British Airways owner IAG upgrades profit guidance after strong third quarter

File photo dated 04/08/15 of a British Airways Boeing 747 over houses in Bedfont, Hounslow, on its a

File photo dated 04/08/15 of a British Airways Boeing 747 over houses in Bedfont, Hounslow, on its approach to Heathrow Airport, as the BA owner International Airlines Group (IAG) upgraded its annual guidance after growing passenger numbers and lower fuel costs led to strong third quarter results. PRESS ASSOCIATION Photo. Issue date: Friday October 30, 2015. IAG, which in August added Ireland's Aer Lingus to its stable of airlines, said that its full-year operating profit would range from 2.25 billion euro (£1.6 billion) and 2.3 billion euro (£1.7 billion), having previously forecast 2.2 billion euro (£1.6 billion). See PA story CITY IAG. Photo credit should read: Steve Parsons/PA Wire - Credit: PA

British Airways owner International Airlines Group (IAG) upgraded its annual guidance after growing passenger numbers and lower fuel costs led to strong third quarter results.

IAG, which in August added Ireland’s Aer Lingus to its stable of airlines, said that its full-year operating profit would range from 2.25 billion euro (£1.6 billion) and 2.3 billion euro (£1.7 billion), having previously forecast 2.2 billion euro (£1.6 billion).

The group said that, excluding Aer Lingus, it posted a third-quarter operating profit of 1.21 billion euro (£869 million), beating analysts forecasts of 1.19 billion euro (£855 million).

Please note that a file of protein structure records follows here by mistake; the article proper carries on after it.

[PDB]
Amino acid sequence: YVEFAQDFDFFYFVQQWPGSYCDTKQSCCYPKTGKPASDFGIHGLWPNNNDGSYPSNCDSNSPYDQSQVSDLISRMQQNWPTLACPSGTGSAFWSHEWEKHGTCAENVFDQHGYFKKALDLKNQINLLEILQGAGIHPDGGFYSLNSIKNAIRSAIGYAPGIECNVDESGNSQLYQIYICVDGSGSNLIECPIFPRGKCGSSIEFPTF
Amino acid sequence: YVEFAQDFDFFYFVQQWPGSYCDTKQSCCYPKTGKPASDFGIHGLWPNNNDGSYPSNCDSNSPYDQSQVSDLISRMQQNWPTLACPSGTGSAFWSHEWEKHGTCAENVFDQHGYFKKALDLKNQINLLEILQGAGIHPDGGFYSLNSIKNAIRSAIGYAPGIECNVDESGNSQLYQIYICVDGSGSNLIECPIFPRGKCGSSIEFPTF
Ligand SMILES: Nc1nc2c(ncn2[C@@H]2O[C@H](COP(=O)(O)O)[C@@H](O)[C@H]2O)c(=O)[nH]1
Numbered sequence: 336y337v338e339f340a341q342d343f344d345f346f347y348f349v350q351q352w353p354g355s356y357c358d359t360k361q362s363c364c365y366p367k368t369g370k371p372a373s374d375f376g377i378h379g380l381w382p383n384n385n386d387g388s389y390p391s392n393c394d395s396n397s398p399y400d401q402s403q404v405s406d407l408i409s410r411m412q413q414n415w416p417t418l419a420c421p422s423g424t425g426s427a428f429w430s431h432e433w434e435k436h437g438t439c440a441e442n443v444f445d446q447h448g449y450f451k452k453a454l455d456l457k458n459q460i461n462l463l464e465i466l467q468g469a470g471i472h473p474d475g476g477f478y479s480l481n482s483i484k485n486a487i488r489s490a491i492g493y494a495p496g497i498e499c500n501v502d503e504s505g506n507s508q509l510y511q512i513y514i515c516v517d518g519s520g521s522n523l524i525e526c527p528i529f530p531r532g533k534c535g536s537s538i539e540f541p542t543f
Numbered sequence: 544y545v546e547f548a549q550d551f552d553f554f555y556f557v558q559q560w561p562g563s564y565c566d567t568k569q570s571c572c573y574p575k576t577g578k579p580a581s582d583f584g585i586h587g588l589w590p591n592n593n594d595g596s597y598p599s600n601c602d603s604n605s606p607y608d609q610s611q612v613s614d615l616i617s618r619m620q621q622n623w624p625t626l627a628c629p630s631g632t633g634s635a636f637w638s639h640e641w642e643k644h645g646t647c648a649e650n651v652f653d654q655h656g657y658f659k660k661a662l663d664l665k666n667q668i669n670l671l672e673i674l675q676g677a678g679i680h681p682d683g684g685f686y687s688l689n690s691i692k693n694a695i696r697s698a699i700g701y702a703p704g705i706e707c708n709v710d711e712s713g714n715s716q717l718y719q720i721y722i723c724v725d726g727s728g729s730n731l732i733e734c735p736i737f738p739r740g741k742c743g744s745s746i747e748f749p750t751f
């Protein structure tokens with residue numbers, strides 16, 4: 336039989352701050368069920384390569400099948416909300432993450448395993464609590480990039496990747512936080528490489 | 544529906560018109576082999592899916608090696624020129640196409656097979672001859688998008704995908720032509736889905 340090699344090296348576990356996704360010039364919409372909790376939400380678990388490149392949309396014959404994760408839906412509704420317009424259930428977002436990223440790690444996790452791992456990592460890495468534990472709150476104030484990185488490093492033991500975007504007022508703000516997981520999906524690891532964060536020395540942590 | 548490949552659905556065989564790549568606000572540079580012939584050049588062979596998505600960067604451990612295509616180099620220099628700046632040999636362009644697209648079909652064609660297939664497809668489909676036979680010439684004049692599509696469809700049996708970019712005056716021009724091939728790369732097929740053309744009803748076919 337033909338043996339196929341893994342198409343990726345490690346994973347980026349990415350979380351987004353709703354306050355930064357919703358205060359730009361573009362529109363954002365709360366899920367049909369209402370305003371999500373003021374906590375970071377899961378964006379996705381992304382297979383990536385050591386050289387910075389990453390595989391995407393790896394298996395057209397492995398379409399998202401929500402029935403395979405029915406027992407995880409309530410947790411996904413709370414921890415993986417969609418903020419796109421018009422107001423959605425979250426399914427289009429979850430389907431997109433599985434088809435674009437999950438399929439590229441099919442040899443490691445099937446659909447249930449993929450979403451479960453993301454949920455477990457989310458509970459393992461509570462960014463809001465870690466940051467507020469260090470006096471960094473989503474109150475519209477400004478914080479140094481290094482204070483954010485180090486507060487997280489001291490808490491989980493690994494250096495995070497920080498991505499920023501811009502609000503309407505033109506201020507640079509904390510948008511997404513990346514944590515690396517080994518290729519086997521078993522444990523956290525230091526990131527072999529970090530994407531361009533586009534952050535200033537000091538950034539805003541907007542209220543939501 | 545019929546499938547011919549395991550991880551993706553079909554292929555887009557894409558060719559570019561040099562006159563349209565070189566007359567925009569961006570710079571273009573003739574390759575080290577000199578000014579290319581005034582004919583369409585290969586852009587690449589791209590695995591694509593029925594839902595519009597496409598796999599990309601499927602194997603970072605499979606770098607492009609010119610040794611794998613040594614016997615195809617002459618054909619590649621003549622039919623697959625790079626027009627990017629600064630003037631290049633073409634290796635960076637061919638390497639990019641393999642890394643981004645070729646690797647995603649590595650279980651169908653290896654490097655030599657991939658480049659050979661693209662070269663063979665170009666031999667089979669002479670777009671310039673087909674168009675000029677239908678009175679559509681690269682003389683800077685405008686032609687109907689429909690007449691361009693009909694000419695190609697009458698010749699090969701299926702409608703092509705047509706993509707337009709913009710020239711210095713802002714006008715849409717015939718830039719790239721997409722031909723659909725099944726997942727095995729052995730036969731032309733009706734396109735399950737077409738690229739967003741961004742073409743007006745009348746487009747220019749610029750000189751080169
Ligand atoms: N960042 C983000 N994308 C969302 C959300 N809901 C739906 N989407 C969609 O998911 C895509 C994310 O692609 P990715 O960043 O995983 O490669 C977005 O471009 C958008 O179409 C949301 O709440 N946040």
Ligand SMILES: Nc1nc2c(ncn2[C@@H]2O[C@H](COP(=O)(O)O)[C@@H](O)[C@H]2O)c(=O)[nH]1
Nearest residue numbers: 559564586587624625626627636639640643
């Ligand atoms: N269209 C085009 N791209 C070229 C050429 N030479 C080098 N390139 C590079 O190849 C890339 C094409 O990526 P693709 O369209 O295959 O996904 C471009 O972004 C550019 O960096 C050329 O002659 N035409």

The group, which also includes Iberia and Vueling airlines, said in its third quarter to the end of September passenger unit revenue lifted by 6.5% and fuel costs fell by 8.6%, compared to a year ago.

The price of crude oil has fallen by more than half since last summer to around 49 US dollars (£32) a barrel due to a production glut.


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Germany’s Lufthansa and Air France-KLM also both reported better than expected quarterly results earlier this week.

IAG chief executive Willie Walsh said: “We’re reporting strong quarter results with a positive contribution from all of our airlines.

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“Our passenger unit revenue showed a better trend than in the second quarter of the year and our cost performance remained strong.”

Analysts at Liberum said: “The figures provide further evidence of IAG’s outperformance of its network carrier peers.”

However, shares in IAG fell around 5% in early trading, with brokers citing profit-taking in an industry which is notoriously cyclical.

In August IAG agreed a takeover of Aer Lingus in a deal valuing the Irish carrier at 1.4 billion euro (£1 billion) - after gaining agreement from the Irish government and Ryanair, which both have major stakes.

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